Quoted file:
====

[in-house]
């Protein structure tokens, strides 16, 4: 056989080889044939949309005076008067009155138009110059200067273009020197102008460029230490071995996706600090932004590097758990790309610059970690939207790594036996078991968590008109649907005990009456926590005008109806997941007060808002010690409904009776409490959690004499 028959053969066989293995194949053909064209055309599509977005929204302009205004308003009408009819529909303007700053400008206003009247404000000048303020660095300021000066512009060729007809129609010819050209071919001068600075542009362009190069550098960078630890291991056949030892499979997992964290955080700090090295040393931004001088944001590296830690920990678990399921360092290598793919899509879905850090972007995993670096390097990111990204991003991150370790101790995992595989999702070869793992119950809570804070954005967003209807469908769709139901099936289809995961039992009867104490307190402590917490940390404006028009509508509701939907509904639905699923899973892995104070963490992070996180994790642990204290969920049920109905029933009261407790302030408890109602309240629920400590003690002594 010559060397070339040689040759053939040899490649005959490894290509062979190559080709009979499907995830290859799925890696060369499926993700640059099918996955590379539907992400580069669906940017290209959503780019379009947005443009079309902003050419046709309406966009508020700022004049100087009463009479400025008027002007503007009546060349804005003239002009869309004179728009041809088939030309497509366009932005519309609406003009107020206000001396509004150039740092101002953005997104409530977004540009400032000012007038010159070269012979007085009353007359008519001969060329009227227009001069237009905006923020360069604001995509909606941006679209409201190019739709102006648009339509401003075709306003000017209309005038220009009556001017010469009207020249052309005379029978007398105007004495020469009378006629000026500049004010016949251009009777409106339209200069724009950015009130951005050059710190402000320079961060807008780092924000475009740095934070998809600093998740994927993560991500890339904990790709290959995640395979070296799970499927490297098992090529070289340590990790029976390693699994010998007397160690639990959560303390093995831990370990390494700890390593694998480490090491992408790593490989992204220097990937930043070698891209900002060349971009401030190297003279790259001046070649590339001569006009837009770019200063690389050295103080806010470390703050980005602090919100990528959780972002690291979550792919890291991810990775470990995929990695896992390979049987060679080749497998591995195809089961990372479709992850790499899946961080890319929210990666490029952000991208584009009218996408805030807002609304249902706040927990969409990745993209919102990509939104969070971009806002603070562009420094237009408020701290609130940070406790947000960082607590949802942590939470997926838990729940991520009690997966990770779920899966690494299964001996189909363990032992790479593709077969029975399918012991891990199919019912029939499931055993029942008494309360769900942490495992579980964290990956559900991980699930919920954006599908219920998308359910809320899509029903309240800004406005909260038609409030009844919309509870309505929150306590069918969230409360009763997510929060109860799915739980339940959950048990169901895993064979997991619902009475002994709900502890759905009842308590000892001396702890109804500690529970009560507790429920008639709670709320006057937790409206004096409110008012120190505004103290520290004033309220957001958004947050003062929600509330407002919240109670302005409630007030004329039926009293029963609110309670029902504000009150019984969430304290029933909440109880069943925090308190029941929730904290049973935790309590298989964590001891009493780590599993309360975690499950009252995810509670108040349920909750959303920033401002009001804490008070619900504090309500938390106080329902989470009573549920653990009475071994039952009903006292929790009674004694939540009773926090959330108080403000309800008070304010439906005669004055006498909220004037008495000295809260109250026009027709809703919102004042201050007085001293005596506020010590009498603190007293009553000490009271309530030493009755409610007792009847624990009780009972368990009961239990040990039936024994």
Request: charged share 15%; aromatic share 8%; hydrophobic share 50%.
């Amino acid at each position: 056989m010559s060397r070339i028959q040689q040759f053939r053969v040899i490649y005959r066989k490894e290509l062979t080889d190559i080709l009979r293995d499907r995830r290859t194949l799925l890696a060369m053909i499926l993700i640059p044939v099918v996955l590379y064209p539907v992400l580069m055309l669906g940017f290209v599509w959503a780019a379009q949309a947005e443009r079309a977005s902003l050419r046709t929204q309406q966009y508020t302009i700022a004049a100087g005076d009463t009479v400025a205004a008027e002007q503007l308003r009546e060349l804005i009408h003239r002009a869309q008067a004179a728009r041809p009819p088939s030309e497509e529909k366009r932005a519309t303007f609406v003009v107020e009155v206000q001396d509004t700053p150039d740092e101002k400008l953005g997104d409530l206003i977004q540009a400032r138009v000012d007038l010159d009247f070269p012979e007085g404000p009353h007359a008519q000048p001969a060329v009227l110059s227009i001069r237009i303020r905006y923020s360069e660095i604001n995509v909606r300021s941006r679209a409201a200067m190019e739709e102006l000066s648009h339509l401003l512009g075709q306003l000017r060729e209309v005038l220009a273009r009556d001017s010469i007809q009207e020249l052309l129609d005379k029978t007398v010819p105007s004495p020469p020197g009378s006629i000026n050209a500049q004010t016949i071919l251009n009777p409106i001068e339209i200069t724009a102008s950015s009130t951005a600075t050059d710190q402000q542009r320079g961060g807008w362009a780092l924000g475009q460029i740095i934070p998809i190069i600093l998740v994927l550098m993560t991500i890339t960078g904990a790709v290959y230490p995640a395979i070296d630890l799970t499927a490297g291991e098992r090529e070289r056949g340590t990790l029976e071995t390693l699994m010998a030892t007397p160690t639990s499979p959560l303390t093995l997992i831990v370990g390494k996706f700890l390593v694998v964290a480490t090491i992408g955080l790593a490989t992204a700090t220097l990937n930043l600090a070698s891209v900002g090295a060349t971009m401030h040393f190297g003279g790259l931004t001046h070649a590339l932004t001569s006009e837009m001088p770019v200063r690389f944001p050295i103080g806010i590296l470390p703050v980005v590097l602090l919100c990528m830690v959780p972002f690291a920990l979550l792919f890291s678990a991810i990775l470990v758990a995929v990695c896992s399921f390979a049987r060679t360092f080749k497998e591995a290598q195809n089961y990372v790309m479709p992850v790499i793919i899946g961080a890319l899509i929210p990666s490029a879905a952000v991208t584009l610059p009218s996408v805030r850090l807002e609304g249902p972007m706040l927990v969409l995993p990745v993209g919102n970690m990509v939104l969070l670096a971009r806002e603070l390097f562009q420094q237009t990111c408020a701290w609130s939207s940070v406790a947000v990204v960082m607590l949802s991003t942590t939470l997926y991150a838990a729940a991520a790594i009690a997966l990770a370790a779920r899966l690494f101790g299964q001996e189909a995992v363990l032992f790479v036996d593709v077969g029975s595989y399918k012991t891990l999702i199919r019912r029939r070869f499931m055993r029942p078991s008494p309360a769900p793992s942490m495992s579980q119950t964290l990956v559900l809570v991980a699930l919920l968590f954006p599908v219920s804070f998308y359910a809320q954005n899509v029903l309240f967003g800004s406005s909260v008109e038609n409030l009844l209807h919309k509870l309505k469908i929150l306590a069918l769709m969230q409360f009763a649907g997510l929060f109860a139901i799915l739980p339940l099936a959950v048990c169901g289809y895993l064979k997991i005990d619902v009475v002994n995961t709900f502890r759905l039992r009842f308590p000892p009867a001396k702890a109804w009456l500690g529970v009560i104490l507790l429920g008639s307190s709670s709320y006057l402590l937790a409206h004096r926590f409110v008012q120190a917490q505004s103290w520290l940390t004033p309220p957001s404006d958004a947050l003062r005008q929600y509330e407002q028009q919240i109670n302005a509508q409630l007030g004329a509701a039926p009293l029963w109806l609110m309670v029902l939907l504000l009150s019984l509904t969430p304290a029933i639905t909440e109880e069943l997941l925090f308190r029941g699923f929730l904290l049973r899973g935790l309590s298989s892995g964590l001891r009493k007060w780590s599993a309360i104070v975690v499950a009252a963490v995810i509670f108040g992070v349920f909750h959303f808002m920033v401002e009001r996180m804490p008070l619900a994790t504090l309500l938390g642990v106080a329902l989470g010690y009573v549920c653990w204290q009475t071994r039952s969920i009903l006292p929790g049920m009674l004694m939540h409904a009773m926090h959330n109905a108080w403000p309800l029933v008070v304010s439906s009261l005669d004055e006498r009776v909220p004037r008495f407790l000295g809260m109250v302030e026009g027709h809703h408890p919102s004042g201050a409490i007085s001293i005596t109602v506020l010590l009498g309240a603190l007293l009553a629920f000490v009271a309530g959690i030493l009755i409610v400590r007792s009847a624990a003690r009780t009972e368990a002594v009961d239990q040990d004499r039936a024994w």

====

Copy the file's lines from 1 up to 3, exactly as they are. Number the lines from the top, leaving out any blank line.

[in-house]
């Protein structure tokens, strides 16, 4: 056989080889044939949309005076008067009155138009110059200067273009020197102008460029230490071995996706600090932004590097758990790309610059970690939207790594036996078991968590008109649907005990009456926590005008109806997941007060808002010690409904009776409490959690004499 028959053969066989293995194949053909064209055309599509977005929204302009205004308003009408009819529909303007700053400008206003009247404000000048303020660095300021000066512009060729007809129609010819050209071919001068600075542009362009190069550098960078630890291991056949030892499979997992964290955080700090090295040393931004001088944001590296830690920990678990399921360092290598793919899509879905850090972007995993670096390097990111990204991003991150370790101790995992595989999702070869793992119950809570804070954005967003209807469908769709139901099936289809995961039992009867104490307190402590917490940390404006028009509508509701939907509904639905699923899973892995104070963490992070996180994790642990204290969920049920109905029933009261407790302030408890109602309240629920400590003690002594 010559060397070339040689040759053939040899490649005959490894290509062979190559080709009979499907995830290859799925890696060369499926993700640059099918996955590379539907992400580069669906940017290209959503780019379009947005443009079309902003050419046709309406966009508020700022004049100087009463009479400025008027002007503007009546060349804005003239002009869309004179728009041809088939030309497509366009932005519309609406003009107020206000001396509004150039740092101002953005997104409530977004540009400032000012007038010159070269012979007085009353007359008519001969060329009227227009001069237009905006923020360069604001995509909606941006679209409201190019739709102006648009339509401003075709306003000017209309005038220009009556001017010469009207020249052309005379029978007398105007004495020469009378006629000026500049004010016949251009009777409106339209200069724009950015009130951005050059710190402000320079961060807008780092924000475009740095934070998809600093998740994927993560991500890339904990790709290959995640395979070296799970499927490297098992090529070289340590990790029976390693699994010998007397160690639990959560303390093995831990370990390494700890390593694998480490090491992408790593490989992204220097990937930043070698891209900002060349971009401030190297003279790259001046070649590339001569006009837009770019200063690389050295103080806010470390703050980005602090919100990528959780972002690291979550792919890291991810990775470990995929990695896992390979049987060679080749497998591995195809089961990372479709992850790499899946961080890319929210990666490029952000991208584009009218996408805030807002609304249902706040927990969409990745993209919102990509939104969070971009806002603070562009420094237009408020701290609130940070406790947000960082607590949802942590939470997926838990729940991520009690997966990770779920899966690494299964001996189909363990032992790479593709077969029975399918012991891990199919019912029939499931055993029942008494309360769900942490495992579980964290990956559900991980699930919920954006599908219920998308359910809320899509029903309240800004406005909260038609409030009844919309509870309505929150306590069918969230409360009763997510929060109860799915739980339940959950048990169901895993064979997991619902009475002994709900502890759905009842308590000892001396702890109804500690529970009560507790429920008639709670709320006057937790409206004096409110008012120190505004103290520290004033309220957001958004947050003062929600509330407002919240109670302005409630007030004329039926009293029963609110309670029902504000009150019984969430304290029933909440109880069943925090308190029941929730904290049973935790309590298989964590001891009493780590599993309360975690499950009252995810509670108040349920909750959303920033401002009001804490008070619900504090309500938390106080329902989470009573549920653990009475071994039952009903006292929790009674004694939540009773926090959330108080403000309800008070304010439906005669004055006498909220004037008495000295809260109250026009027709809703919102004042201050007085001293005596506020010590009498603190007293009553000490009271309530030493009755409610007792009847624990009780009972368990009961239990040990039936024994």
Request: charged share 15%; aromatic share 8%; hydrophobic share 50%.